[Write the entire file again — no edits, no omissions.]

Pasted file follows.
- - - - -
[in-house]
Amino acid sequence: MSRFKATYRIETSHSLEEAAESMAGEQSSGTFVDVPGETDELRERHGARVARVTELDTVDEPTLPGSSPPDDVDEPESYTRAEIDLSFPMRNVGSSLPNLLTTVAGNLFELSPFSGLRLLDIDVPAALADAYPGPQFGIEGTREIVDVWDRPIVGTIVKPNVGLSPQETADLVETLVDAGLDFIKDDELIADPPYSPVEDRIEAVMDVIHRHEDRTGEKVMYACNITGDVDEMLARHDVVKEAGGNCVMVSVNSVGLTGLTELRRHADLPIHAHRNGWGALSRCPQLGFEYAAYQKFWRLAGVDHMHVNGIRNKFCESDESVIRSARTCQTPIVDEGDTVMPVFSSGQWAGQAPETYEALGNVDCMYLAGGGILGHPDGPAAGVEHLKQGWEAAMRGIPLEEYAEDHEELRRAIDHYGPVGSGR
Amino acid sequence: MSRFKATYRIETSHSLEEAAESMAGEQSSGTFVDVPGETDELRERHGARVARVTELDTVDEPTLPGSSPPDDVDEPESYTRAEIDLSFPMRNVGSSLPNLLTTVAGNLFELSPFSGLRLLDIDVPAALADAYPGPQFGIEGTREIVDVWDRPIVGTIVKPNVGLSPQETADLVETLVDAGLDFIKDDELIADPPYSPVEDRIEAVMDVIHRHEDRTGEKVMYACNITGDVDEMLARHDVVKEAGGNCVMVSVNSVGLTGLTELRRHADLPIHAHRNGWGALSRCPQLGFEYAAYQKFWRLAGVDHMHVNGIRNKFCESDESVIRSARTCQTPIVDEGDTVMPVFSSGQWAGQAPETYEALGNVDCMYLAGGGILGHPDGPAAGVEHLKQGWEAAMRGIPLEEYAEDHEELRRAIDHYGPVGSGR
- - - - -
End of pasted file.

[in-house]
Amino acid sequence: MSRFKATYRIETSHSLEEAAESMAGEQSSGTFVDVPGETDELRERHGARVARVTELDTVDEPTLPGSSPPDDVDEPESYTRAEIDLSFPMRNVGSSLPNLLTTVAGNLFELSPFSGLRLLDIDVPAALADAYPGPQFGIEGTREIVDVWDRPIVGTIVKPNVGLSPQETADLVETLVDAGLDFIKDDELIADPPYSPVEDRIEAVMDVIHRHEDRTGEKVMYACNITGDVDEMLARHDVVKEAGGNCVMVSVNSVGLTGLTELRRHADLPIHAHRNGWGALSRCPQLGFEYAAYQKFWRLAGVDHMHVNGIRNKFCESDESVIRSARTCQTPIVDEGDTVMPVFSSGQWAGQAPETYEALGNVDCMYLAGGGILGHPDGPAAGVEHLKQGWEAAMRGIPLEEYAEDHEELRRAIDHYGPVGSGR
Amino acid sequence: MSRFKATYRIETSHSLEEAAESMAGEQSSGTFVDVPGETDELRERHGARVARVTELDTVDEPTLPGSSPPDDVDEPESYTRAEIDLSFPMRNVGSSLPNLLTTVAGNLFELSPFSGLRLLDIDVPAALADAYPGPQFGIEGTREIVDVWDRPIVGTIVKPNVGLSPQETADLVETLVDAGLDFIKDDELIADPPYSPVEDRIEAVMDVIHRHEDRTGEKVMYACNITGDVDEMLARHDVVKEAGGNCVMVSVNSVGLTGLTELRRHADLPIHAHRNGWGALSRCPQLGFEYAAYQKFWRLAGVDHMHVNGIRNKFCESDESVIRSARTCQTPIVDEGDTVMPVFSSGQWAGQAPETYEALGNVDCMYLAGGGILGHPDGPAAGVEHLKQGWEAAMRGIPLEEYAEDHEELRRAIDHYGPVGSGR